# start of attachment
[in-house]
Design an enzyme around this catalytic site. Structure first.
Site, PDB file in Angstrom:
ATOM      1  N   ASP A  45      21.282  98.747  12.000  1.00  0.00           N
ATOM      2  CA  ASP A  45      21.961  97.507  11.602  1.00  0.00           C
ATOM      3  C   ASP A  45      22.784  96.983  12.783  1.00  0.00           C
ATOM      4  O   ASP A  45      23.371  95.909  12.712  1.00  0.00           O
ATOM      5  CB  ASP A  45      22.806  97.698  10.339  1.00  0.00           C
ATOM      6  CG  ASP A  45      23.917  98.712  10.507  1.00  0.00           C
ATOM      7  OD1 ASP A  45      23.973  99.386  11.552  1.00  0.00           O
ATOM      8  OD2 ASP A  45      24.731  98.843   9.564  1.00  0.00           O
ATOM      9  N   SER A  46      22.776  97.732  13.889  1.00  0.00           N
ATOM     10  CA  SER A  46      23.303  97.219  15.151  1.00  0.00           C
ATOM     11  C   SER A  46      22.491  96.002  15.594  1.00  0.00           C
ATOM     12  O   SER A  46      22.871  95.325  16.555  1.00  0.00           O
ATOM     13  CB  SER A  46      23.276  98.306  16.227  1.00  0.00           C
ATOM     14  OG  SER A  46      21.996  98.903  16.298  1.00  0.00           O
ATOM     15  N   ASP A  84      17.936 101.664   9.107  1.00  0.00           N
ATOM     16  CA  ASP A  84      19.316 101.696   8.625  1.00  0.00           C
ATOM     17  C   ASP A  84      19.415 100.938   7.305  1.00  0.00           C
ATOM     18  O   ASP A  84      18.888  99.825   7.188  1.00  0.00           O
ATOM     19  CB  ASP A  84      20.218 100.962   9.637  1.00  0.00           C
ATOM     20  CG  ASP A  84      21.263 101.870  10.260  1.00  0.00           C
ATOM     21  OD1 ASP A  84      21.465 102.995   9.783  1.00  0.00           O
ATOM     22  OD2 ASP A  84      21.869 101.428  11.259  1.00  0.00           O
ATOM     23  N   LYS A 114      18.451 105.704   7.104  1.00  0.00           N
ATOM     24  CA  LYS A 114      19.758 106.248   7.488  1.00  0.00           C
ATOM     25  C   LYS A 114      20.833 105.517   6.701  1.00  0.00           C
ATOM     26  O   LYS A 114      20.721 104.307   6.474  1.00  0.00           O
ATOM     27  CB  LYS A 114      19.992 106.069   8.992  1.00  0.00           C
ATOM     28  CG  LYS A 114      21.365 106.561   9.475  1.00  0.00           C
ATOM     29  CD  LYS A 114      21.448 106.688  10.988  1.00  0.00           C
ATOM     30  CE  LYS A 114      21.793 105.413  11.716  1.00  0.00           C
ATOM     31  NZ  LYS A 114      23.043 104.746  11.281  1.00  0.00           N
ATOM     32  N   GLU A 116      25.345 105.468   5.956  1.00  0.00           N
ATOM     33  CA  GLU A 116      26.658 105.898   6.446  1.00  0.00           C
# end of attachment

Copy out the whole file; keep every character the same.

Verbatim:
[in-house]
Design an enzyme around this catalytic site. Structure first.
Site, PDB file in Angstrom:
ATOM      1  N   ASP A  45      21.282  98.747  12.000  1.00  0.00           N
ATOM      2  CA  ASP A  45      21.961  97.507  11.602  1.00  0.00           C
ATOM      3  C   ASP A  45      22.784  96.983  12.783  1.00  0.00           C
ATOM      4  O   ASP A  45      23.371  95.909  12.712  1.00  0.00           O
ATOM      5  CB  ASP A  45      22.806  97.698  10.339  1.00  0.00           C
ATOM      6  CG  ASP A  45      23.917  98.712  10.507  1.00  0.00           C
ATOM      7  OD1 ASP A  45      23.973  99.386  11.552  1.00  0.00           O
ATOM      8  OD2 ASP A  45      24.731  98.843   9.564  1.00  0.00           O
ATOM      9  N   SER A  46      22.776  97.732  13.889  1.00  0.00           N
ATOM     10  CA  SER A  46      23.303  97.219  15.151  1.00  0.00           C
ATOM     11  C   SER A  46      22.491  96.002  15.594  1.00  0.00           C
ATOM     12  O   SER A  46      22.871  95.325  16.555  1.00  0.00           O
ATOM     13  CB  SER A  46      23.276  98.306  16.227  1.00  0.00           C
ATOM     14  OG  SER A  46      21.996  98.903  16.298  1.00  0.00           O
ATOM     15  N   ASP A  84      17.936 101.664   9.107  1.00  0.00           N
ATOM     16  CA  ASP A  84      19.316 101.696   8.625  1.00  0.00           C
ATOM     17  C   ASP A  84      19.415 100.938   7.305  1.00  0.00           C
ATOM     18  O   ASP A  84      18.888  99.825   7.188  1.00  0.00           O
ATOM     19  CB  ASP A  84      20.218 100.962   9.637  1.00  0.00           C
ATOM     20  CG  ASP A  84      21.263 101.870  10.260  1.00  0.00           C
ATOM     21  OD1 ASP A  84      21.465 102.995   9.783  1.00  0.00           O
ATOM     22  OD2 ASP A  84      21.869 101.428  11.259  1.00  0.00           O
ATOM     23  N   LYS A 114      18.451 105.704   7.104  1.00  0.00           N
ATOM     24  CA  LYS A 114      19.758 106.248   7.488  1.00  0.00           C
ATOM     25  C   LYS A 114      20.833 105.517   6.701  1.00  0.00           C
ATOM     26  O   LYS A 114      20.721 104.307   6.474  1.00  0.00           O
ATOM     27  CB  LYS A 114      19.992 106.069   8.992  1.00  0.00           C
ATOM     28  CG  LYS A 114      21.365 106.561   9.475  1.00  0.00           C
ATOM     29  CD  LYS A 114      21.448 106.688  10.988  1.00  0.00           C
ATOM     30  CE  LYS A 114      21.793 105.413  11.716  1.00  0.00           C
ATOM     31  NZ  LYS A 114      23.043 104.746  11.281  1.00  0.00           N
ATOM     32  N   GLU A 116      25.345 105.468   5.956  1.00  0.00           N
ATOM     33  CA  GLU A 116      26.658 105.898   6.446  1.00  0.00           C